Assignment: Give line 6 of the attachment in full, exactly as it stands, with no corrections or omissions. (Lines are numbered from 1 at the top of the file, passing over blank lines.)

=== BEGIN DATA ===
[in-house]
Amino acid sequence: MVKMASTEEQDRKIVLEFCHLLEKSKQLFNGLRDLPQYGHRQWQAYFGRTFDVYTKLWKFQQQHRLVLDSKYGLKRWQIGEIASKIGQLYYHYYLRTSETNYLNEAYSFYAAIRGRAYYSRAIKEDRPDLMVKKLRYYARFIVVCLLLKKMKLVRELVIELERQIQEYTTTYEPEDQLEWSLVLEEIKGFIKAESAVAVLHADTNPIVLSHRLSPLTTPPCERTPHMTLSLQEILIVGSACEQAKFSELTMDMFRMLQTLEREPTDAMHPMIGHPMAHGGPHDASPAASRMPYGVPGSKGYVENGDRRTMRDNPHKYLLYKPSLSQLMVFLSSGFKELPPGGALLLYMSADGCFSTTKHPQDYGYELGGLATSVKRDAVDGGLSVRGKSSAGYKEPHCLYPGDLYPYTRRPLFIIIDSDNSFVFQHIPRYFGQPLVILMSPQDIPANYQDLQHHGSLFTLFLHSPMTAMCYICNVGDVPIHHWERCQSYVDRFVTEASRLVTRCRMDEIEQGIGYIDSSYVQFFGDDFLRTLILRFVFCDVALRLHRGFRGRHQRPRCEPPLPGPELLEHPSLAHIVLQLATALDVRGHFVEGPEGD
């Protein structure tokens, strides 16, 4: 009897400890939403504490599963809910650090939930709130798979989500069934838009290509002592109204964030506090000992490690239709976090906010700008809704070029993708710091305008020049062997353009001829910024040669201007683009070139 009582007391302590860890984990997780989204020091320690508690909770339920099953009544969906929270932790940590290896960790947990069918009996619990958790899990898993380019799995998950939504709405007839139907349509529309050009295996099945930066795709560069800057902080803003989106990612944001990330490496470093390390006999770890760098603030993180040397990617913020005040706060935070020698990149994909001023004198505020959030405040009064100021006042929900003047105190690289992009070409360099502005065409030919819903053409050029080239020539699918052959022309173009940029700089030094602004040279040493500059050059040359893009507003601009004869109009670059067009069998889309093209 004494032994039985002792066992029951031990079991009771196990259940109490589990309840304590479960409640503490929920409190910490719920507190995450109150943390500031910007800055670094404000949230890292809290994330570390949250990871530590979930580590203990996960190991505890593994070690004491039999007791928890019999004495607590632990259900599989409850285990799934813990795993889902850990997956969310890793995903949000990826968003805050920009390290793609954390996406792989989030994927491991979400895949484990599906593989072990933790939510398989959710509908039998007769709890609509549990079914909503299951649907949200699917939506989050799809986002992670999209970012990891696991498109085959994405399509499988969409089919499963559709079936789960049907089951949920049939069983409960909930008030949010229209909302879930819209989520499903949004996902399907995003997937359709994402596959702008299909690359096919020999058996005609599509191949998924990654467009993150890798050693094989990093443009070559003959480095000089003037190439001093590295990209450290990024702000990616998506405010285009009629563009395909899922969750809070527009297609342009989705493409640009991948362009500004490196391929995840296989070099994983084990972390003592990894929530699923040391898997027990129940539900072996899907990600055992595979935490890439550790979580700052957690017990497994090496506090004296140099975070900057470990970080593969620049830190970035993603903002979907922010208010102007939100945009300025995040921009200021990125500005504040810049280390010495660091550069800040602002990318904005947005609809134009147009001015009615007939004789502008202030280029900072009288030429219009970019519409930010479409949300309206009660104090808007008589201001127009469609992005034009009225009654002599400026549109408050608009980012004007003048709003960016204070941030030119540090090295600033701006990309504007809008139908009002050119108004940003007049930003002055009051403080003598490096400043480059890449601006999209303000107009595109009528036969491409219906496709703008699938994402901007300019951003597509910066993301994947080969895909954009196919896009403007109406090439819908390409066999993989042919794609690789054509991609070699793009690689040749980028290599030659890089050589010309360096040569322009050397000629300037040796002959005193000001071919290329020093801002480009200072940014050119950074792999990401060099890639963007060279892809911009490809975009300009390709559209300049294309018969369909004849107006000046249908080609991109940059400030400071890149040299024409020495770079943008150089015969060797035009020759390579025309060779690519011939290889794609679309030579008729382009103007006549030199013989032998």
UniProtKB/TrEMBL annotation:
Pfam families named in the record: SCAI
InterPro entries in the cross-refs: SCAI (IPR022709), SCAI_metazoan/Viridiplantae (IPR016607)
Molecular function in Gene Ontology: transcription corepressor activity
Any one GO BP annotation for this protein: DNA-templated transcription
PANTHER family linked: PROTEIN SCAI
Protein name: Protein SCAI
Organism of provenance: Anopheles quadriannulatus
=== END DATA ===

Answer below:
InterPro entries in the cross-refs: SCAI (IPR022709), SCAI_metazoan/Viridiplantae (IPR016607)